The news today in the design community is buzzing about Steve Jobs, Apple and the MacWorld Expo. For the first time ever, the great Mr. Jobs will not be giving the keynote at the Macworld Conference and Expo next January. For all of you who don’t use a Mac, you may not know how big a deal this is.
What is Macworld?
Well, it’s kind of a mix between a Star Trek convention and a World’s Fair. The Macworld Conference and Expo is an annual event held in San Francisco, CA where developers, vendors and geeks from all around the world gather to find out what Apple’s future holds. It’s always been the place where Steve Jobs would walk onto the stage with sneakers, blue jeans and black turtleneck and lay down the gauntlet of what next year would hold. He’s positively prophetic at these things. He’s inaugurated whole shifts in the design and technology industries, by calling one year “The Year of the Laptop” or another year “The Year of Digital Music”.
Macworld represents the old Apple: not so much a company as it was an enclave of creative, eccentric fanatics devoted to the whims of a single leader. Kind of cult-sounding isn’t it? The Macworld expo fed the Mac culture for years, and it has always been an integral part of how Apple grew it’s fan base. Yes, I said fan base and not market share. Apple’s users aren’t just users; we’re fans and evangelists.
So what does this mean?
Good question. Does this matter at all? Apple’s press release says that, first, this has nothing to do with the rumors about Steve’s health. He battled and (supposedly) conquered pancreatic cancer recently, and he still looks pretty thin by most estimates. The press release says that Apple is seeking greater control over their media exposure, using Special Media Events at Apple headquarters to announce new products, instead of the IDG MacWorld Conference and Expo. I suppose that makes sense, in a Microsoft kind of way. Control has it’s lures – you can have greater power to determine how potential customers view your product. If Apple only announces new products at what amounts to a geek festival, most Windows hold-outs aren’t going to be attracted to the product.
Here’s my opinion. Apple is making an intentional shift away from being the underdog with an incredibly loyal fan base to being a respected, professional competitor with the rest of the technology industry. They are seeking market share above customer loyalty. I believe that over the next ten years, the customer support ethos will change, and will gradually be equal to the rest of the industry (read: Dell, Microsoft, HP). Apple’s products will always be superior, since that’s what they continue to use as their differentiating factor, but the atmosphere and customer support will degrade as market share increases.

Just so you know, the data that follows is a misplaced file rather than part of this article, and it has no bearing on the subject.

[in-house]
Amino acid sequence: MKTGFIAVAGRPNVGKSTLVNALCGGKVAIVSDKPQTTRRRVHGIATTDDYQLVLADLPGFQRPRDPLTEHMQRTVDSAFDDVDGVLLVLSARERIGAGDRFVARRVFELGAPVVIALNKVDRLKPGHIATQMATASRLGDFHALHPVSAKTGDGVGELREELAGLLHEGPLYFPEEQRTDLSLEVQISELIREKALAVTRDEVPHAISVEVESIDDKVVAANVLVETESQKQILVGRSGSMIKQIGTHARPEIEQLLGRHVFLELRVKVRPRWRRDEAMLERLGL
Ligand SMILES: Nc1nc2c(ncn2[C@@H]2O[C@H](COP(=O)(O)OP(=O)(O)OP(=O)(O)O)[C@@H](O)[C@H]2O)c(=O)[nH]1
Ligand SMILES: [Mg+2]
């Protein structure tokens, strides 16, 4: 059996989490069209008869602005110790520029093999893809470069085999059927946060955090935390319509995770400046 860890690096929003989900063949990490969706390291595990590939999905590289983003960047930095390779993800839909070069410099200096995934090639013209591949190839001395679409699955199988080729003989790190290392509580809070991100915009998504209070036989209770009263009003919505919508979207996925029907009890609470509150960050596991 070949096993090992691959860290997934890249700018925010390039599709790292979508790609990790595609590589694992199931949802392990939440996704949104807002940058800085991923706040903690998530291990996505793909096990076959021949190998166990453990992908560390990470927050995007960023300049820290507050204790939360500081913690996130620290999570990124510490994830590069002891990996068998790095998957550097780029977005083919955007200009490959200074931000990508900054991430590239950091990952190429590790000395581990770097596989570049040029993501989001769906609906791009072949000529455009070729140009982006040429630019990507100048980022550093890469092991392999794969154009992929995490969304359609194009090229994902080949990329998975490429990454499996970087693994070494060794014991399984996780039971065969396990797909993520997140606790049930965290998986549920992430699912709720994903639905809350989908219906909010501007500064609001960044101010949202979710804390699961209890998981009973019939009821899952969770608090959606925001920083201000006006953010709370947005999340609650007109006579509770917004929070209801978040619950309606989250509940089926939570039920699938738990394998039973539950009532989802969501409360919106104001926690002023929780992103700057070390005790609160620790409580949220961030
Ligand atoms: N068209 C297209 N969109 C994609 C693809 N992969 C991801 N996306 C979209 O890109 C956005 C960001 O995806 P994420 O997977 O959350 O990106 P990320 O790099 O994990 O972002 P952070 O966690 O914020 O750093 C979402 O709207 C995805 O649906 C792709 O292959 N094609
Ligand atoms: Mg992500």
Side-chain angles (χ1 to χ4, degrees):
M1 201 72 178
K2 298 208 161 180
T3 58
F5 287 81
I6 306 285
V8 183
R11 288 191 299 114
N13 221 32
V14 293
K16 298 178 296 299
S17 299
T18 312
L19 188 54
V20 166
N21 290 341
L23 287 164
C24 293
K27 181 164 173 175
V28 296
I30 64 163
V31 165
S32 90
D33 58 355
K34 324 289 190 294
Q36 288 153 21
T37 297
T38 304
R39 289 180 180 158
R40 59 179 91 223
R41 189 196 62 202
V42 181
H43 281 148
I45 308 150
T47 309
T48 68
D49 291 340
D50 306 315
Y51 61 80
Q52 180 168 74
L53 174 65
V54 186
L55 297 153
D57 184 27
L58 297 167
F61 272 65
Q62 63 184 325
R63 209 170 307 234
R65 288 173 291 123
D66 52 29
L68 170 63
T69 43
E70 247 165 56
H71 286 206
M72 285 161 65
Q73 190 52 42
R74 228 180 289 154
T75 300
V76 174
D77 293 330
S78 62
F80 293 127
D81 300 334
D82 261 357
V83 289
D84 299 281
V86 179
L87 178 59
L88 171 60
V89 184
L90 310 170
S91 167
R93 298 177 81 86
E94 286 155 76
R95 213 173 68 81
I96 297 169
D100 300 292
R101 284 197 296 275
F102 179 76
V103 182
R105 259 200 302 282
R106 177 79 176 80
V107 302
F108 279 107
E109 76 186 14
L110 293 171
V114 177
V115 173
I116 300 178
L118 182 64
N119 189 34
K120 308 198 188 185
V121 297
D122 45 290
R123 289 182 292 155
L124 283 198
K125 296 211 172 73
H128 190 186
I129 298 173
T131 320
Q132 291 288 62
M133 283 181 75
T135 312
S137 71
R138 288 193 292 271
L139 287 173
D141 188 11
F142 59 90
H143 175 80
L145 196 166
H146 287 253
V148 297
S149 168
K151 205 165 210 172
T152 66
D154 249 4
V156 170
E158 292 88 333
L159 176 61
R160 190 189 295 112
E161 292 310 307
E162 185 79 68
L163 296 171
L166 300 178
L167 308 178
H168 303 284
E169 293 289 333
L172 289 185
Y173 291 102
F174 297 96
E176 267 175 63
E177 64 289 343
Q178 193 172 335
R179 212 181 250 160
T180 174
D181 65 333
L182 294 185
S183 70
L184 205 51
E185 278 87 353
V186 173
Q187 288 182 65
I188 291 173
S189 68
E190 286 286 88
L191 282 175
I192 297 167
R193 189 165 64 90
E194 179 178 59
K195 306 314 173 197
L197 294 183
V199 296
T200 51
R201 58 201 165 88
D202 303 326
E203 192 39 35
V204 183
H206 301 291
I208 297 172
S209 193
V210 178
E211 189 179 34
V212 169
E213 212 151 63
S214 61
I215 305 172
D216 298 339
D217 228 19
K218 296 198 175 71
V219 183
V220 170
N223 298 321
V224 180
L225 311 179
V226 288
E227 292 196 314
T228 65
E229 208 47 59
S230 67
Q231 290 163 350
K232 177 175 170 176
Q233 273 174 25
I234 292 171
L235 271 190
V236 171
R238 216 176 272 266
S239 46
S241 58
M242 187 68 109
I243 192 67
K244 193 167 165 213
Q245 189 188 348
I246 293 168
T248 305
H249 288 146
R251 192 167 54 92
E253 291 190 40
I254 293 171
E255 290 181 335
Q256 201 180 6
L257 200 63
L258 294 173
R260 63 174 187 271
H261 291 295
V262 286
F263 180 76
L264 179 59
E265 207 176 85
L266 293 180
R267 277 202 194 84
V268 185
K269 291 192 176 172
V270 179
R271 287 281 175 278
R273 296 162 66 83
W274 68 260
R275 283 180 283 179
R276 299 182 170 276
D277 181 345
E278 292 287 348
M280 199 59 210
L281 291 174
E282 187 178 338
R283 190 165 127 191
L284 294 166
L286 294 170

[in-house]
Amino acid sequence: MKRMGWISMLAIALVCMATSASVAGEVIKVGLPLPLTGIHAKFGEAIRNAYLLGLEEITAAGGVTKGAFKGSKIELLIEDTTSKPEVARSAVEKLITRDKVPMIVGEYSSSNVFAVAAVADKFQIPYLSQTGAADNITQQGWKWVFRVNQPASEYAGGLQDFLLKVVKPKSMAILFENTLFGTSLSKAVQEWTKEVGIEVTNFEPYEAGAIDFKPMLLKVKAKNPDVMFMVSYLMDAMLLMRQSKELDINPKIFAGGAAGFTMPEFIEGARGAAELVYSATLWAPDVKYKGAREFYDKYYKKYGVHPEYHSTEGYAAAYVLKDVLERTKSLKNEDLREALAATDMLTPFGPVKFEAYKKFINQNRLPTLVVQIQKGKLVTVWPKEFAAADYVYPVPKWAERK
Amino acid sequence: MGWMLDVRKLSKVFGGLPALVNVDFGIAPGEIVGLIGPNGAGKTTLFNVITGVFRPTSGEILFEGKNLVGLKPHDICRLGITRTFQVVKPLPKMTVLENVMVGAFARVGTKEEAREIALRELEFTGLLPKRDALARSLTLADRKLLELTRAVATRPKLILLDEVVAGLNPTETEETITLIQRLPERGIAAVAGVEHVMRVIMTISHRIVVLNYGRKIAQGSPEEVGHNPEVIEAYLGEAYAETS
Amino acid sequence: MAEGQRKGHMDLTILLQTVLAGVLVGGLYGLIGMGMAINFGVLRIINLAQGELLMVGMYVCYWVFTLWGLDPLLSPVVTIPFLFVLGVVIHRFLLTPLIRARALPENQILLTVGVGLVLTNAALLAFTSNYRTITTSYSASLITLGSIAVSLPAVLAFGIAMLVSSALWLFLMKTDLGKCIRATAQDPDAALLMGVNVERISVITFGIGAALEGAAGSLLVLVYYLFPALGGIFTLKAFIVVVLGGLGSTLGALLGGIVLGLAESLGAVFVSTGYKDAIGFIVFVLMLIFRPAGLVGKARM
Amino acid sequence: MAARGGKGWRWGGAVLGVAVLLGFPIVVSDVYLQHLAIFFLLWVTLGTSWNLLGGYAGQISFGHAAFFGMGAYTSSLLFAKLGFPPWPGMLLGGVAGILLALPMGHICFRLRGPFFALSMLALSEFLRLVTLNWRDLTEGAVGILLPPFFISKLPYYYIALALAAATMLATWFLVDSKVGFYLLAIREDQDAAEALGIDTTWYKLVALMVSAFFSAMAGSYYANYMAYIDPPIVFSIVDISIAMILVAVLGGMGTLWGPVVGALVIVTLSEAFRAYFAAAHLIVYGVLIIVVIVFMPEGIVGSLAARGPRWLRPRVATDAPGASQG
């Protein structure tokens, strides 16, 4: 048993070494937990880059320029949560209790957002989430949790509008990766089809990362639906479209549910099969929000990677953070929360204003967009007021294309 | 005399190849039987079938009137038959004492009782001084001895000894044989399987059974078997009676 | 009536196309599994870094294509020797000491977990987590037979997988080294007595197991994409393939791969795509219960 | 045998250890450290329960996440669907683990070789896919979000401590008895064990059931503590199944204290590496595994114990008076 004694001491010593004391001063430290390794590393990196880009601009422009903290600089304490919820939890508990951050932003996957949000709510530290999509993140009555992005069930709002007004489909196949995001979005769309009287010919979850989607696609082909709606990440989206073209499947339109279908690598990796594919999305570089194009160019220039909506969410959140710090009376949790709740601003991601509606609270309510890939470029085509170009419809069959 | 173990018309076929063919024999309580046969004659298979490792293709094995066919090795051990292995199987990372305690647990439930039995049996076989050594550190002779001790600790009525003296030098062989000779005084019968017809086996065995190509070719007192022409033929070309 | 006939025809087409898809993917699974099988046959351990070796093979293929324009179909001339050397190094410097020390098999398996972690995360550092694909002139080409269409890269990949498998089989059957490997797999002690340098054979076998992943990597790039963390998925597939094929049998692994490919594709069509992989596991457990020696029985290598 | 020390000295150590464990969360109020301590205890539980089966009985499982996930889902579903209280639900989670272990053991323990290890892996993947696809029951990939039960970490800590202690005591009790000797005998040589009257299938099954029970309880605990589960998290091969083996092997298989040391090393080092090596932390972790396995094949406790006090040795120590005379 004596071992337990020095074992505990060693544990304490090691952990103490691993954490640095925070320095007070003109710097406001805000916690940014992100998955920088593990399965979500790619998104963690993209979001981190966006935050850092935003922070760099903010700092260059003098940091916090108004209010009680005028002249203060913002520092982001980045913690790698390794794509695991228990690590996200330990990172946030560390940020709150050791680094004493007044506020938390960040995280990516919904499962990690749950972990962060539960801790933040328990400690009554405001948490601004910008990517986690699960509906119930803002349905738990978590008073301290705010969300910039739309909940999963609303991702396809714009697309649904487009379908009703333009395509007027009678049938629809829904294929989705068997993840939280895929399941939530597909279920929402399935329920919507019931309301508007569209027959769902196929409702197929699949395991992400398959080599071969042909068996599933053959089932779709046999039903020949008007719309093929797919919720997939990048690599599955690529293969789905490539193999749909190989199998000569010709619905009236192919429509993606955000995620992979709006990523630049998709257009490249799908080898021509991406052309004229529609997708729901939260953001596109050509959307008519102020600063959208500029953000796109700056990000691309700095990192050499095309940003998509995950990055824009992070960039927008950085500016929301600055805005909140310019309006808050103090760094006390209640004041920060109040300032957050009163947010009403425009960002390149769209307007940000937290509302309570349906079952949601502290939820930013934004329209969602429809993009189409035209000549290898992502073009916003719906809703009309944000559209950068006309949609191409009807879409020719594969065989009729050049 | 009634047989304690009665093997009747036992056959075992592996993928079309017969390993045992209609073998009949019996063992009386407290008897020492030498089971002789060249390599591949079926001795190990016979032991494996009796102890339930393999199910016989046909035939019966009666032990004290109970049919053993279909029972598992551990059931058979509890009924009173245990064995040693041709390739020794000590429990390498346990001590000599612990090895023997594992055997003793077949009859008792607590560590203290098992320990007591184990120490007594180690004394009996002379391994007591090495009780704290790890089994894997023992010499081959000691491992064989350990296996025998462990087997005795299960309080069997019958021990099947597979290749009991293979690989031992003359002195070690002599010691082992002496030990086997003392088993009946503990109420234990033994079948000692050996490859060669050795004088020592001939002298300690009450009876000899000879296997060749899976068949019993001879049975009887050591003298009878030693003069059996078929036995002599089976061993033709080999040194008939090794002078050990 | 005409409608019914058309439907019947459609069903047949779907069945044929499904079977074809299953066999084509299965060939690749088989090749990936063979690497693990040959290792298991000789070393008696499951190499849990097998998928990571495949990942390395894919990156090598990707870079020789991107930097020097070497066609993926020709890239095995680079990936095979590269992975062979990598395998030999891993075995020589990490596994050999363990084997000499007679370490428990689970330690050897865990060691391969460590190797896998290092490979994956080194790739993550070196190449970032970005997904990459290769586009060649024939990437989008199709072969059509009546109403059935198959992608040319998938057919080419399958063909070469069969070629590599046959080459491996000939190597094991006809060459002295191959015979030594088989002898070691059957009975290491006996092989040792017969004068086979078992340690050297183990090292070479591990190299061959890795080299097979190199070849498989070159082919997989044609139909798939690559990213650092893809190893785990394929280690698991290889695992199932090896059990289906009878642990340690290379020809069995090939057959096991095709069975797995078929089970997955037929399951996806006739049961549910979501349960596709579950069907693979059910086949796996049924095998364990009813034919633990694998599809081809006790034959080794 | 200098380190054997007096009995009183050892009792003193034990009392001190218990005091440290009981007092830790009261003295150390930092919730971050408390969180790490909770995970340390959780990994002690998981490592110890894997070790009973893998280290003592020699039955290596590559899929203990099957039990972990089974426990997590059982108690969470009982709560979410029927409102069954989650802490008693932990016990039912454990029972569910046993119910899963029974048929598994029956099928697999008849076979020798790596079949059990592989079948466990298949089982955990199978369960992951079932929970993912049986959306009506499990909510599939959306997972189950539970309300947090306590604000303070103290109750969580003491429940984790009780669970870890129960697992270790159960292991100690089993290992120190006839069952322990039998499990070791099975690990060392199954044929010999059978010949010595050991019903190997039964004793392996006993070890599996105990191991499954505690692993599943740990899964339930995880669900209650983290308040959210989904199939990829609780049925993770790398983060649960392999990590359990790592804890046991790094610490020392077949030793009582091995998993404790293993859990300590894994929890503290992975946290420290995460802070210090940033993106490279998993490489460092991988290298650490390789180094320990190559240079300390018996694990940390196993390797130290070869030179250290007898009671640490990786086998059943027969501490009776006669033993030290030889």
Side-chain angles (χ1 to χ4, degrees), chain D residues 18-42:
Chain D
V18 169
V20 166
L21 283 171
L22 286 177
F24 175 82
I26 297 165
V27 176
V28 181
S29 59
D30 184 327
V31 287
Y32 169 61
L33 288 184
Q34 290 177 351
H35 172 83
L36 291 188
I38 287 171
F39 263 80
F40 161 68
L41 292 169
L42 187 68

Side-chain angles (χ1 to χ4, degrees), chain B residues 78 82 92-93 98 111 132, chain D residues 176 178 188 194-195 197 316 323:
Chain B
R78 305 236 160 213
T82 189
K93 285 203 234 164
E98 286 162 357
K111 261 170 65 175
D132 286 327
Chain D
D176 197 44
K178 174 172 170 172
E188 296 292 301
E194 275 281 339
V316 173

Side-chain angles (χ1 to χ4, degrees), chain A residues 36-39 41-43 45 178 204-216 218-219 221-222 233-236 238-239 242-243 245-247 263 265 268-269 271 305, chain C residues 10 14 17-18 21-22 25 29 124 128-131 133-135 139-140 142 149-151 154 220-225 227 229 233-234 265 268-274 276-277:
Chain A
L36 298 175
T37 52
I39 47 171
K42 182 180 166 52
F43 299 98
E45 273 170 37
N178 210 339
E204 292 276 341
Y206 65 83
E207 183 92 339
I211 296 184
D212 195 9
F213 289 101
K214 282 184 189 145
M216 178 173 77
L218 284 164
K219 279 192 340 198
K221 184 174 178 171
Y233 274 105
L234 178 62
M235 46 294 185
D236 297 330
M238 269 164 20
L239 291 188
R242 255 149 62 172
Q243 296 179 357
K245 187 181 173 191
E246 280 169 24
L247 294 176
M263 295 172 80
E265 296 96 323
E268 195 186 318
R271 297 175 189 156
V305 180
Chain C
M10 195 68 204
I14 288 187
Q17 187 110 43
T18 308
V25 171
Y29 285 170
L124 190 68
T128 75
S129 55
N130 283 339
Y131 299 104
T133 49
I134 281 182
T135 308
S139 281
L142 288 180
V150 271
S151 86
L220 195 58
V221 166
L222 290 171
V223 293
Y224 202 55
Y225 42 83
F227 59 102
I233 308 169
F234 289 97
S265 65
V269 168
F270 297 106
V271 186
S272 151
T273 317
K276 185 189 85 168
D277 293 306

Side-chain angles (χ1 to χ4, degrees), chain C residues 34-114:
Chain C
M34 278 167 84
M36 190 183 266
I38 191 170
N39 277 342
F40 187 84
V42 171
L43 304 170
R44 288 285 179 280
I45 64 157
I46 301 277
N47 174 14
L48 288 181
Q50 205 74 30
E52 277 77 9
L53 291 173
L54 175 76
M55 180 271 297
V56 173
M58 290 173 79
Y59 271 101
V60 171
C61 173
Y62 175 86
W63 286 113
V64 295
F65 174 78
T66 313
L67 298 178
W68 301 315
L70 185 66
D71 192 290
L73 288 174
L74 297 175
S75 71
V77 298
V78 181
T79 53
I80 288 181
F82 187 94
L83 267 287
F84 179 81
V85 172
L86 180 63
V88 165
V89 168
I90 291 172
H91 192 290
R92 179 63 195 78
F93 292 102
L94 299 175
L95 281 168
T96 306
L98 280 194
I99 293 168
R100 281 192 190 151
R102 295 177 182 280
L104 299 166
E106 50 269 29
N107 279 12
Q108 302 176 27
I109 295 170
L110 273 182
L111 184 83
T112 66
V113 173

Here’s the other thing: Steve Jobs is working his way out of a job. At next year’s Macworld, the keynote will be given by Apple’s Phil Schiller, and will be the last keynote delivered by an Apple exec. So, the last-ever Macworld keynote will not be delivered by Steve Jobs. That’s huge. He’s trying to destroy the cult of personality that’s been built up around him, I believe because he wants to retire soon.
The impact on the design community will not begin for several years. Apple has always been on the forefront of industrial and user interface design, and they will continue to be. However, at some point they will lose their “cool factor” amongst designers. Artists like to use Macs because the operating system is intuitive (requiring less tech knowledge), the machines last longer, and you get more power per dollar than with a Windows-based system. It used to be the case that Macs were better at graphics, but that’s just been an ungrounded myth since the early 1990’s. Once Apple loses it’s cult following, artists will lose a lot of incentive to get Macs. I foresee a great equalization of the industry approaching, where both Windows and Macs share equal market share among designers.
Then again, maybe I’m just a dissapointed fanboy.
Here’s a link to the story I found at macrumors.com>